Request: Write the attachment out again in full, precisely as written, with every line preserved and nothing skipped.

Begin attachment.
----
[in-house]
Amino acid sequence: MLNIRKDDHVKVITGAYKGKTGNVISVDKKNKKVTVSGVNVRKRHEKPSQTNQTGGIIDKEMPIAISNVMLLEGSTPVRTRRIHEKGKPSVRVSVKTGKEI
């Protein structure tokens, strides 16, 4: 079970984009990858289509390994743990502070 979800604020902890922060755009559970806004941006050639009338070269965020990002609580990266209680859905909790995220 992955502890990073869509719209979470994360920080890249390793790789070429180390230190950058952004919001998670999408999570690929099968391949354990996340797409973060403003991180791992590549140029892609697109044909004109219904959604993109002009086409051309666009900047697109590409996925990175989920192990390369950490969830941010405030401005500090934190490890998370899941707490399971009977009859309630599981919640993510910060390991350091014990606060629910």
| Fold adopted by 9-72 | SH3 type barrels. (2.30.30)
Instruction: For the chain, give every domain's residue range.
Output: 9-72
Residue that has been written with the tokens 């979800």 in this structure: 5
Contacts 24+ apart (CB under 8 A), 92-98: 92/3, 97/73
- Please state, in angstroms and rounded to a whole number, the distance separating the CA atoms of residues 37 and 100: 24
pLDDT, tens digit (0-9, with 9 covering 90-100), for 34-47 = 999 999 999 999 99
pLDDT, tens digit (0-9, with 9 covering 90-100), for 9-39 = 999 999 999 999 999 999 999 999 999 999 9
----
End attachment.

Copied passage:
[in-house]
Amino acid sequence: MLNIRKDDHVKVITGAYKGKTGNVISVDKKNKKVTVSGVNVRKRHEKPSQTNQTGGIIDKEMPIAISNVMLLEGSTPVRTRRIHEKGKPSVRVSVKTGKEI
């Protein structure tokens, strides 16, 4: 079970984009990858289509390994743990502070 979800604020902890922060755009559970806004941006050639009338070269965020990002609580990266209680859905909790995220 992955502890990073869509719209979470994360920080890249390793790789070429180390230190950058952004919001998670999408999570690929099968391949354990996340797409973060403003991180791992590549140029892609697109044909004109219904959604993109002009086409051309666009900047697109590409996925990175989920192990390369950490969830941010405030401005500090934190490890998370899941707490399971009977009859309630599981919640993510910060390991350091014990606060629910």
| Fold adopted by 9-72 | SH3 type barrels. (2.30.30)
Instruction: For the chain, give every domain's residue range.
Output: 9-72
Residue that has been written with the tokens 């979800």 in this structure: 5
Contacts 24+ apart (CB under 8 A), 92-98: 92/3, 97/73
- Please state, in angstroms and rounded to a whole number, the distance separating the CA atoms of residues 37 and 100: 24
pLDDT, tens digit (0-9, with 9 covering 90-100), for 34-47 = 999 999 999 999 99
pLDDT, tens digit (0-9, with 9 covering 90-100), for 9-39 = 999 999 999 999 999 999 999 999 999 999 9